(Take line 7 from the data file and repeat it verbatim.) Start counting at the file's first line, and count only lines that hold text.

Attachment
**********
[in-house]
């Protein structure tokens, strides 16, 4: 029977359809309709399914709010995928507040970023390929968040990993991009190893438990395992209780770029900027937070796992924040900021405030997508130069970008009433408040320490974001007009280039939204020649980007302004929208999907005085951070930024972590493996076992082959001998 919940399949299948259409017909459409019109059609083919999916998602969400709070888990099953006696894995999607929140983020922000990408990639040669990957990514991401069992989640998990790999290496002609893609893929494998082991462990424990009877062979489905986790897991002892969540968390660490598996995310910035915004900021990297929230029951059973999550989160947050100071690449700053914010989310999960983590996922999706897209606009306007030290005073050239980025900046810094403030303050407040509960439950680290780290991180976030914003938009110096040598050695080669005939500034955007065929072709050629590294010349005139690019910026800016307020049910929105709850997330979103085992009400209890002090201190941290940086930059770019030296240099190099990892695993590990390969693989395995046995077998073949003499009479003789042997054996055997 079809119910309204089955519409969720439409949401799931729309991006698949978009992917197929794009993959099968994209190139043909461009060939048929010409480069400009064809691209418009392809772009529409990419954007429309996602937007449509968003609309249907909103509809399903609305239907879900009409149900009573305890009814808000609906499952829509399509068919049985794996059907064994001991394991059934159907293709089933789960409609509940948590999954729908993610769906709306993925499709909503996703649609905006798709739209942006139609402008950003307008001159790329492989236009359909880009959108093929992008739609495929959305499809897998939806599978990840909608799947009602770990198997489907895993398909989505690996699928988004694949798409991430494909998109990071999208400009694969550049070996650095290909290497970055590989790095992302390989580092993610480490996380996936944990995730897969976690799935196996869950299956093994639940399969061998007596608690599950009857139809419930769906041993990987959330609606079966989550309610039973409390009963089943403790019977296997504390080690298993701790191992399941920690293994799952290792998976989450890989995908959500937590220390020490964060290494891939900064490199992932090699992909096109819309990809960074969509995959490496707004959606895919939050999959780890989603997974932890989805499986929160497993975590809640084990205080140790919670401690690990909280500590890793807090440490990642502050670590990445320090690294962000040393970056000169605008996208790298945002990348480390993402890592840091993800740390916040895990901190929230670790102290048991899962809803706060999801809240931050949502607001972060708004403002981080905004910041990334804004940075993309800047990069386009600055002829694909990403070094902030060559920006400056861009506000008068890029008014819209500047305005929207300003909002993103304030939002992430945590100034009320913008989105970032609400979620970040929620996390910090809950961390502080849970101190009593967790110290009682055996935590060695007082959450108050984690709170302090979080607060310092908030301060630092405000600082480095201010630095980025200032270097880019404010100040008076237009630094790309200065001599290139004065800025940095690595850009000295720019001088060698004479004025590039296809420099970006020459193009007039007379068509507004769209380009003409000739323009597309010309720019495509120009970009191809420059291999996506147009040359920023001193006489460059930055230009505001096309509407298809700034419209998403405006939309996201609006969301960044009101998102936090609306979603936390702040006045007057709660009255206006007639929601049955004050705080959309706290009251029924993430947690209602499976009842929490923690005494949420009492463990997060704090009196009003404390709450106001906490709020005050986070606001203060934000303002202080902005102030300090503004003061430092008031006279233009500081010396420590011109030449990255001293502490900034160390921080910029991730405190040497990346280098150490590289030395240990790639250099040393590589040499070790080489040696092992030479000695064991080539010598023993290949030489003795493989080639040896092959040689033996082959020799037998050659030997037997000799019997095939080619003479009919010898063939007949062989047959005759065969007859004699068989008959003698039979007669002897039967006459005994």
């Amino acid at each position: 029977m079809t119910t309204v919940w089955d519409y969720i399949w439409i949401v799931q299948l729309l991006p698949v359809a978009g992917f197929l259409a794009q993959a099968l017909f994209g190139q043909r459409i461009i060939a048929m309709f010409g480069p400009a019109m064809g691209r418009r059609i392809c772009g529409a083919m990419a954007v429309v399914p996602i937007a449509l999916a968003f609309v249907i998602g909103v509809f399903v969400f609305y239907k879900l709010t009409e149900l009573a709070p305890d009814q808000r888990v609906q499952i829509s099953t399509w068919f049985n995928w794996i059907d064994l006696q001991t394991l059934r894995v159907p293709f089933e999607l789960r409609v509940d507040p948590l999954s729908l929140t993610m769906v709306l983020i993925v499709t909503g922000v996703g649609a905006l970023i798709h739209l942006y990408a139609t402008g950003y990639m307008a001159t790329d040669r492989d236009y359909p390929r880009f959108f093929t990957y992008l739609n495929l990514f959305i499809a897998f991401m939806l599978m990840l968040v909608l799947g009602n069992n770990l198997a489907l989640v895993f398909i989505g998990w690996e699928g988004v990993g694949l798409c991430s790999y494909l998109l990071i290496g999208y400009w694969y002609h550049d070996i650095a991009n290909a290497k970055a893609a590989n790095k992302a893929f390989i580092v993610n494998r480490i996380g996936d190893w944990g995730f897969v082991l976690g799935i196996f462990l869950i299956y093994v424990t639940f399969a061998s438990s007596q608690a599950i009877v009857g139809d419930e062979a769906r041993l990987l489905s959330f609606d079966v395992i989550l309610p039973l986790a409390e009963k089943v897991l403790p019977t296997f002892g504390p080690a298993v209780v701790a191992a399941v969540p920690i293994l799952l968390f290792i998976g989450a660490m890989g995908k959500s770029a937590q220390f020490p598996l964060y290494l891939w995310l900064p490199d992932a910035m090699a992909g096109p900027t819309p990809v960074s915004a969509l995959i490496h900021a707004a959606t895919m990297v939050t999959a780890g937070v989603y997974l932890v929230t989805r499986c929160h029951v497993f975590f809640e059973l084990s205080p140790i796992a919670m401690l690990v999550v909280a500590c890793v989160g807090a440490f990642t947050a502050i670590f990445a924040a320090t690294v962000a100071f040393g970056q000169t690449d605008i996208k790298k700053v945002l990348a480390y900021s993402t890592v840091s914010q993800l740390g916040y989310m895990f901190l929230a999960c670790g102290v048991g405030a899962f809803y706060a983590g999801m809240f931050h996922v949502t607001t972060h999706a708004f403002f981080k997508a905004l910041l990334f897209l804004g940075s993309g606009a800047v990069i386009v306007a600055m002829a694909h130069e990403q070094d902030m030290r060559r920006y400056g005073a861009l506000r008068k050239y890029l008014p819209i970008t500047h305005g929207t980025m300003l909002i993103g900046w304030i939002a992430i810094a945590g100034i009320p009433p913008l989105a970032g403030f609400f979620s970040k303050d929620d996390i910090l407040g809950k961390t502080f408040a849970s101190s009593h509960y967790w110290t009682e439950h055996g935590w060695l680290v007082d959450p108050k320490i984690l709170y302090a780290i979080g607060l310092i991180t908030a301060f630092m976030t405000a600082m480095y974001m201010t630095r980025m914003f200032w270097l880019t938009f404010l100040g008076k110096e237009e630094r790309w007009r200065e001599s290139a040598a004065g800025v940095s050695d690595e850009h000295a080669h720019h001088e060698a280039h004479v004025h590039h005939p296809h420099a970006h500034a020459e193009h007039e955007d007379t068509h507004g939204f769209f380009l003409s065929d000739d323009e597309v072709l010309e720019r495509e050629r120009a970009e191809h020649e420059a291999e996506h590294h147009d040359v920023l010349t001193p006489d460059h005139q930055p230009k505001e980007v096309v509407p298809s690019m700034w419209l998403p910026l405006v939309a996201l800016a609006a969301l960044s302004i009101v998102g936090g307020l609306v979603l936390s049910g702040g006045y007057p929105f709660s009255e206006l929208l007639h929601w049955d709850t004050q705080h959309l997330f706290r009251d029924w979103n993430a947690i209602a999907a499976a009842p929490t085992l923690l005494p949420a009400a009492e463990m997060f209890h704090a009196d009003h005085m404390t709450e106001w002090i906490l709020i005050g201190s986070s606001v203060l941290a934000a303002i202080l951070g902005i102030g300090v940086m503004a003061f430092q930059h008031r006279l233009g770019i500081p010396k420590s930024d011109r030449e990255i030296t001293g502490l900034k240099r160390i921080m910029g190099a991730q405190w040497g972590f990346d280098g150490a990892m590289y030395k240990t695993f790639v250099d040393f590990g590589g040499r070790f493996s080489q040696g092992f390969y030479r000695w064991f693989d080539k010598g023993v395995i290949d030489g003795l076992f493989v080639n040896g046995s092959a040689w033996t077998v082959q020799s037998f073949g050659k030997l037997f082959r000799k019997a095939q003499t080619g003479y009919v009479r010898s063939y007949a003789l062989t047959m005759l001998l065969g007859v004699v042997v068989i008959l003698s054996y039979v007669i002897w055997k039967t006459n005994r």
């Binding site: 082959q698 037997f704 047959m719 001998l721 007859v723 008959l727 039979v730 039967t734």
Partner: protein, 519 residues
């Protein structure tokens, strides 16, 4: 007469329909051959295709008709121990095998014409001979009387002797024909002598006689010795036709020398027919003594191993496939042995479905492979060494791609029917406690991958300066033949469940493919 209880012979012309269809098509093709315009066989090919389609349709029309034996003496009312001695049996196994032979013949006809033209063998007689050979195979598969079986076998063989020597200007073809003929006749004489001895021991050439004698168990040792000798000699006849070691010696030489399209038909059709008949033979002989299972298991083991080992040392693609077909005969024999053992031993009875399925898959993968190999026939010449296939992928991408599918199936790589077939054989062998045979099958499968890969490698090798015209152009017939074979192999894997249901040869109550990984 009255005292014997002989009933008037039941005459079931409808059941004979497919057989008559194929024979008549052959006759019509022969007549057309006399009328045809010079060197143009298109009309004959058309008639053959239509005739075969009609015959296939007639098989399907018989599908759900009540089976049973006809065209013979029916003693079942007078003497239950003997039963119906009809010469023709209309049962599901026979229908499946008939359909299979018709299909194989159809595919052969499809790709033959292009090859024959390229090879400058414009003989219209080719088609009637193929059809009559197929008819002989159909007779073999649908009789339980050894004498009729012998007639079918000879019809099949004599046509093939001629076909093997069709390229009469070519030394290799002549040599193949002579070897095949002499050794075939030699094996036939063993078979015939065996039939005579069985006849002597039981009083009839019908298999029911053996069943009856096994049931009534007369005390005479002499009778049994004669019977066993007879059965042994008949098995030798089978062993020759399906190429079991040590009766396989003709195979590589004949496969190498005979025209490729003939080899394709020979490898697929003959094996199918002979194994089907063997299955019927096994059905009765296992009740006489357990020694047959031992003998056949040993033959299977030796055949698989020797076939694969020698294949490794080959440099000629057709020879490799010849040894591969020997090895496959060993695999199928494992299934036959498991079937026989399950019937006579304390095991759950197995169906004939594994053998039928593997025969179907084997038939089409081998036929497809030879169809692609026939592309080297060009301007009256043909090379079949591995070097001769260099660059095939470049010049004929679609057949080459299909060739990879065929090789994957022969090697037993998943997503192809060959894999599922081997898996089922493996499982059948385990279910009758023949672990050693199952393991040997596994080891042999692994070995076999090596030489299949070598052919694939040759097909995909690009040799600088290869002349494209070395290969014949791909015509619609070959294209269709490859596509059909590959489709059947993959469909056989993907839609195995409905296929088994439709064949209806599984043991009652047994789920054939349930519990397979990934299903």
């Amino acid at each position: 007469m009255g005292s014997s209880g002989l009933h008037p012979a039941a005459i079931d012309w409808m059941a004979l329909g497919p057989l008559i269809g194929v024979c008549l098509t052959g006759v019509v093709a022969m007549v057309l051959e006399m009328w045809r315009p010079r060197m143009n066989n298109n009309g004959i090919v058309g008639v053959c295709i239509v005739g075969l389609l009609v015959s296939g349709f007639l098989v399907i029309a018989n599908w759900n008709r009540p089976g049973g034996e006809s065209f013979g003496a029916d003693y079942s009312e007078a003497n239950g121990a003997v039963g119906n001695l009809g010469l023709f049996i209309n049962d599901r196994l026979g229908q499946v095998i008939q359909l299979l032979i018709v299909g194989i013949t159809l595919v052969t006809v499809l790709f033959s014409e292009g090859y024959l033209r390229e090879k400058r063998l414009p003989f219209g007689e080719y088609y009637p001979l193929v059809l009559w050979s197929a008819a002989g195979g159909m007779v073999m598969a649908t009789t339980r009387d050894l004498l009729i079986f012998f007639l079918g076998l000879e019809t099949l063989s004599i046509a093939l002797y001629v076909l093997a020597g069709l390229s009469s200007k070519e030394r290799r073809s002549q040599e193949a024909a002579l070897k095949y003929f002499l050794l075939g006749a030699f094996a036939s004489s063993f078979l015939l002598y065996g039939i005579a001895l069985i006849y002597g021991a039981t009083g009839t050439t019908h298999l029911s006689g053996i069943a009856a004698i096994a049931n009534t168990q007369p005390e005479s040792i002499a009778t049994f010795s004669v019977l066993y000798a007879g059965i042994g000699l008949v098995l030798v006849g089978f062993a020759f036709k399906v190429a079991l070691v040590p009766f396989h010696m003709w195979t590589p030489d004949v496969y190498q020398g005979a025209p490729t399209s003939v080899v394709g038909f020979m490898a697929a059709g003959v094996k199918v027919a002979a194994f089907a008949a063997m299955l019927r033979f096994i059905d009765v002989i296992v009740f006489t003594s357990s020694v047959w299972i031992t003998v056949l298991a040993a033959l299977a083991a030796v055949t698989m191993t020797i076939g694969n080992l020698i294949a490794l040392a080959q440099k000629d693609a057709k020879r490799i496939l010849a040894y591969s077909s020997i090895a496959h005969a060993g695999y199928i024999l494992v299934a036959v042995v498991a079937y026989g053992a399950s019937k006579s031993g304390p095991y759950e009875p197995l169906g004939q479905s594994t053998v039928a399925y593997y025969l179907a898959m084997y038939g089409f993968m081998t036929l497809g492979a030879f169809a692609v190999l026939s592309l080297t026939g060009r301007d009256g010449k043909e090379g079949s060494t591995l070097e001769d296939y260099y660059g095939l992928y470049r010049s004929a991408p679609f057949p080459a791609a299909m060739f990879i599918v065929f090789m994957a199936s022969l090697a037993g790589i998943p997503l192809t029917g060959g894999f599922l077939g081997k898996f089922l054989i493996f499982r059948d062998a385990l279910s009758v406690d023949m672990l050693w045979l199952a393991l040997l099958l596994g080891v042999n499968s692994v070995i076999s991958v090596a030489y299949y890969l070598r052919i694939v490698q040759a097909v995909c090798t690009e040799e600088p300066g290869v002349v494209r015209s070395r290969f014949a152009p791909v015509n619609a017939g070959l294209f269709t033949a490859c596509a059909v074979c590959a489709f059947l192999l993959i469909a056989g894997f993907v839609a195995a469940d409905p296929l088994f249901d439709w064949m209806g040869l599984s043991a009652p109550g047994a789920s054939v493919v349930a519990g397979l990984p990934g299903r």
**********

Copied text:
């Amino acid at each position: 007469m009255g005292s014997s209880g002989l009933h008037p012979a039941a005459i079931d012309w409808m059941a004979l329909g497919p057989l008559i269809g194929v024979c008549l098509t052959g006759v019509v093709a022969m007549v057309l051959e006399m009328w045809r315009p010079r060197m143009n066989n298109n009309g004959i090919v058309g008639v053959c295709i239509v005739g075969l389609l009609v015959s296939g349709f007639l098989v399907i029309a018989n599908w759900n008709r009540p089976g049973g034996e006809s065209f013979g003496a029916d003693y079942s009312e007078a003497n239950g121990a003997v039963g119906n001695l009809g010469l023709f049996i209309n049962d599901r196994l026979g229908q499946v095998i008939q359909l299979l032979i018709v299909g194989i013949t159809l595919v052969t006809v499809l790709f033959s014409e292009g090859y024959l033209r390229e090879k400058r063998l414009p003989f219209g007689e080719y088609y009637p001979l193929v059809l009559w050979s197929a008819a002989g195979g159909m007779v073999m598969a649908t009789t339980r009387d050894l004498l009729i079986f012998f007639l079918g076998l000879e019809t099949l063989s004599i046509a093939l002797y001629v076909l093997a020597g069709l390229s009469s200007k070519e030394r290799r073809s002549q040599e193949a024909a002579l070897k095949y003929f002499l050794l075939g006749a030699f094996a036939s004489s063993f078979l015939l002598y065996g039939i005579a001895l069985i006849y002597g021991a039981t009083g009839t050439t019908h298999l029911s006689g053996i069943a009856a004698i096994a049931n009534t168990q007369p005390e005479s040792i002499a009778t049994f010795s004669v019977l066993y000798a007879g059965i042994g000699l008949v098995l030798v006849g089978f062993a020759f036709k399906v190429a079991l070691v040590p009766f396989h010696m003709w195979t590589p030489d004949v496969y190498q020398g005979a025209p490729t399209s003939v080899v394709g038909f020979m490898a697929a059709g003959v094996k199918v027919a002979a194994f089907a008949a063997m299955l019927r033979f096994i059905d009765v002989i296992v009740f006489t003594s357990s020694v047959w299972i031992t003998v056949l298991a040993a033959l299977a083991a030796v055949t698989m191993t020797i076939g694969n080992l020698i294949a490794l040392a080959q440099k000629d693609a057709k020879r490799i496939l010849a040894y591969s077909s020997i090895a496959h005969a060993g695999y199928i024999l494992v299934a036959v042995v498991a079937y026989g053992a399950s019937k006579s031993g304390p095991y759950e009875p197995l169906g004939q479905s594994t053998v039928a399925y593997y025969l179907a898959m084997y038939g089409f993968m081998t036929l497809g492979a030879f169809a692609v190999l026939s592309l080297t026939g060009r301007d009256g010449k043909e090379g079949s060494t591995l070097e001769d296939y260099y660059g095939l992928y470049r010049s004929a991408p679609f057949p080459a791609a299909m060739f990879i599918v065929f090789m994957a199936s022969l090697a037993g790589i998943p997503l192809t029917g060959g894999f599922l077939g081997k898996f089922l054989i493996f499982r059948d062998a385990l279910s009758v406690d023949m672990l050693w045979l199952a393991l040997l099958l596994g080891v042999n499968s692994v070995i076999s991958v090596a030489y299949y890969l070598r052919i694939v490698q040759a097909v995909c090798t690009e040799e600088p300066g290869v002349v494209r015209s070395r290969f014949a152009p791909v015509n619609a017939g070959l294209f269709t033949a490859c596509a059909v074979c590959a489709f059947l192999l993959i469909a056989g894997f993907v839609a195995a469940d409905p296929l088994f249901d439709w064949m209806g040869l599984s043991a009652p109550g047994a789920s054939v493919v349930a519990g397979l990984p990934g299903r």